A colleague and friend has been approached by another institution (a state university in the U.S.) seeking to fill a position. My friend, who is putting a package together, has asked me to review his teaching statement. Evidently, this was a good idea.
I read the statement, and, quite frankly, I wasn't too impressed. He and I are quite candid with each other, so I'm not too worried about what might otherwise be a delicate issue: me telling him how much it needs to be polished.
That said, I'll admit: I have very little experience with teaching statements (either writing them, or reading them). I'm not usually on faculty hiring committees; I don't want to give him bad advice out of ignorance.
My questions are:
1) What is an ideal length? (So far, I've narrowed it down to half a page is too little, and three pages is too much.) Would a single page be considered too thin?
2) How detailed should it be? My friend talked about different courses he has taught, even mentioning one course by its catalog number. I initially thought that generalities would be better. In other words, instead of saying something along the lines of:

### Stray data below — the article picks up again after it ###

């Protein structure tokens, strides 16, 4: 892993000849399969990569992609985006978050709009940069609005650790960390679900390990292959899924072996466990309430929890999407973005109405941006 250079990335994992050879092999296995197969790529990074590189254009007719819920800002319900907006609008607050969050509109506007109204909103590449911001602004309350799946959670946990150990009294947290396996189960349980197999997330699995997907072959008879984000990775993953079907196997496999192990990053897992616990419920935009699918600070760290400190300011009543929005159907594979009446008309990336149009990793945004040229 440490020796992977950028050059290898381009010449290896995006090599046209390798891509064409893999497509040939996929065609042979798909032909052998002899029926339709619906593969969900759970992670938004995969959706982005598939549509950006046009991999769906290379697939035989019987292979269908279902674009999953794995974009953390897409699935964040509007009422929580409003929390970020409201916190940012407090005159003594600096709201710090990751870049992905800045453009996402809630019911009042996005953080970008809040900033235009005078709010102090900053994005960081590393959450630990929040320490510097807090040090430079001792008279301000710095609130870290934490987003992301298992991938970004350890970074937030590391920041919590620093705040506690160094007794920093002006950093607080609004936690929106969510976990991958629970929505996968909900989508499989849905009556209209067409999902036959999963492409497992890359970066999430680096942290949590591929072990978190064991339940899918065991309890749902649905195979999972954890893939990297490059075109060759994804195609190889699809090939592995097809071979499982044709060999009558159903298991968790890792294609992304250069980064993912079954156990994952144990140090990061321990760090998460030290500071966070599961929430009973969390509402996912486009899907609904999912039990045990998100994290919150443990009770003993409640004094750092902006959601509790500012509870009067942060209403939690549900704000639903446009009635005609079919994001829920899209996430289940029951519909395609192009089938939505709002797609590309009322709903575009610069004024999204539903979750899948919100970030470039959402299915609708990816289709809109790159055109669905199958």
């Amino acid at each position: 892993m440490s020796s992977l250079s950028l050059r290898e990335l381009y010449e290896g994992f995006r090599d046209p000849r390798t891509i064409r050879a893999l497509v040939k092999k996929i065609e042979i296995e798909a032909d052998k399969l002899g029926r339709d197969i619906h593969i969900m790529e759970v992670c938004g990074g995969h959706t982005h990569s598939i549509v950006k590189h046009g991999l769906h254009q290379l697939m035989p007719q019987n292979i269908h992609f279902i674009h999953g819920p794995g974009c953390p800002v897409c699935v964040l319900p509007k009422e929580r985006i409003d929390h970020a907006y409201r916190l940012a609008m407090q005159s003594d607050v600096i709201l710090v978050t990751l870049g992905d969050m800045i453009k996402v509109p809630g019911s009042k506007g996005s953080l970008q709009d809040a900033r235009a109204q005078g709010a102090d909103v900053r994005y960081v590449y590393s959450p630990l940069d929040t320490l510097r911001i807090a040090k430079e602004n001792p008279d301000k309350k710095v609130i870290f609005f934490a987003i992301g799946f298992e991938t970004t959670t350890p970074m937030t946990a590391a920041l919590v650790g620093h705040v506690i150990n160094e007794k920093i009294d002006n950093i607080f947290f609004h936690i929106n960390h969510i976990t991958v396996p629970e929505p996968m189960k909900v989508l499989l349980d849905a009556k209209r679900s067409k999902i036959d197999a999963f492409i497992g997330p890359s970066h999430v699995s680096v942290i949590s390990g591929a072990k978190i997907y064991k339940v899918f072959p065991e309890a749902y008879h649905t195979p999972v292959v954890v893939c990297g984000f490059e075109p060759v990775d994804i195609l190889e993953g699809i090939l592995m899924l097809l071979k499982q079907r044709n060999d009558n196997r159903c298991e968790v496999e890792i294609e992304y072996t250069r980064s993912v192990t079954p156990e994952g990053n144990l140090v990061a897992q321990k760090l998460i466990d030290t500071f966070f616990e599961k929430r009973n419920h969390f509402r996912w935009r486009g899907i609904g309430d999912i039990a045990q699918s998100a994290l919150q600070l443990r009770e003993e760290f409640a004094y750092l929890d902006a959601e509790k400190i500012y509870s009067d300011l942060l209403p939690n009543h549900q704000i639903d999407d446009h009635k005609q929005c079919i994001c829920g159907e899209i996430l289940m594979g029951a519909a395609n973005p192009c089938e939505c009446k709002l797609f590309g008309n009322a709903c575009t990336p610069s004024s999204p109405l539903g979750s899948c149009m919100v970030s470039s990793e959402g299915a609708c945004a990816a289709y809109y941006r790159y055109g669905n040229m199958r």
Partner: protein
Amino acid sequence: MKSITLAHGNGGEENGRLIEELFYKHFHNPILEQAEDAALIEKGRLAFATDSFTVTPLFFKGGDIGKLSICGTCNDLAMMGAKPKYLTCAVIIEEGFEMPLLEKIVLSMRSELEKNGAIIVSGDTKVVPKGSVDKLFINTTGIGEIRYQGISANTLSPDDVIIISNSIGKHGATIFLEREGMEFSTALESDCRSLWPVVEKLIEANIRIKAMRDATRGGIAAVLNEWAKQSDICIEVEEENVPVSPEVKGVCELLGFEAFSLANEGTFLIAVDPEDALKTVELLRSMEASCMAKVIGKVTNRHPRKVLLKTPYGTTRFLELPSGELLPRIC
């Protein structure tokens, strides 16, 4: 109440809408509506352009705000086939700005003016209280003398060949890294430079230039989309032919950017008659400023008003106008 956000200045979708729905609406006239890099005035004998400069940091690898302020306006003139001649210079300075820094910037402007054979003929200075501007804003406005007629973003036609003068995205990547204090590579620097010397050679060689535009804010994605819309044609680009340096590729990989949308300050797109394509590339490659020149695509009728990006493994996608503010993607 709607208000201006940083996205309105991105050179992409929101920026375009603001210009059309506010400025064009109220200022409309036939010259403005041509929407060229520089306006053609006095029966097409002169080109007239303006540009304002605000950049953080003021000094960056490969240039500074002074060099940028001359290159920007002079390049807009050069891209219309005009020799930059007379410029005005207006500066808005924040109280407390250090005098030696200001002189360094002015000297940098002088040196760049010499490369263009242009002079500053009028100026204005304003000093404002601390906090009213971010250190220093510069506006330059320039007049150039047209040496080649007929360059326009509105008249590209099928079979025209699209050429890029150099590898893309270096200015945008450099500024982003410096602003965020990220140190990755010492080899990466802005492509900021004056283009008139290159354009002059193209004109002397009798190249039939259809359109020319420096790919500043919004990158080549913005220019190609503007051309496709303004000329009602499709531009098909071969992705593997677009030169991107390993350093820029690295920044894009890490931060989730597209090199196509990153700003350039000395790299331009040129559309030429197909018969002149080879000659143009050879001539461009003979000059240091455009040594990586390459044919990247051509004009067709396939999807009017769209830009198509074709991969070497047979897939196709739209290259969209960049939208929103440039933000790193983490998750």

Teaching styles should be adaptable, based on the student demographics in the class. For example, in my Intro to Programming course at Urbandale College, I taught had mostly freshman, but the Programming Languages course I taught at Westerville University, CSCI 352, was a more advanced course with juniors and seniors...
my gut instinct tells me it would be better to say something more general, such as:
Teaching styles should be adaptable, based on the student demographics in the class. For example, I've taught some courses with mostly freshman, and other more advanced courses with juniors and seniors...
but perhaps I'd be dishing out out some bad advice if I recommended a more general wording; maybe applicants are expected to weave such details into their teaching statements.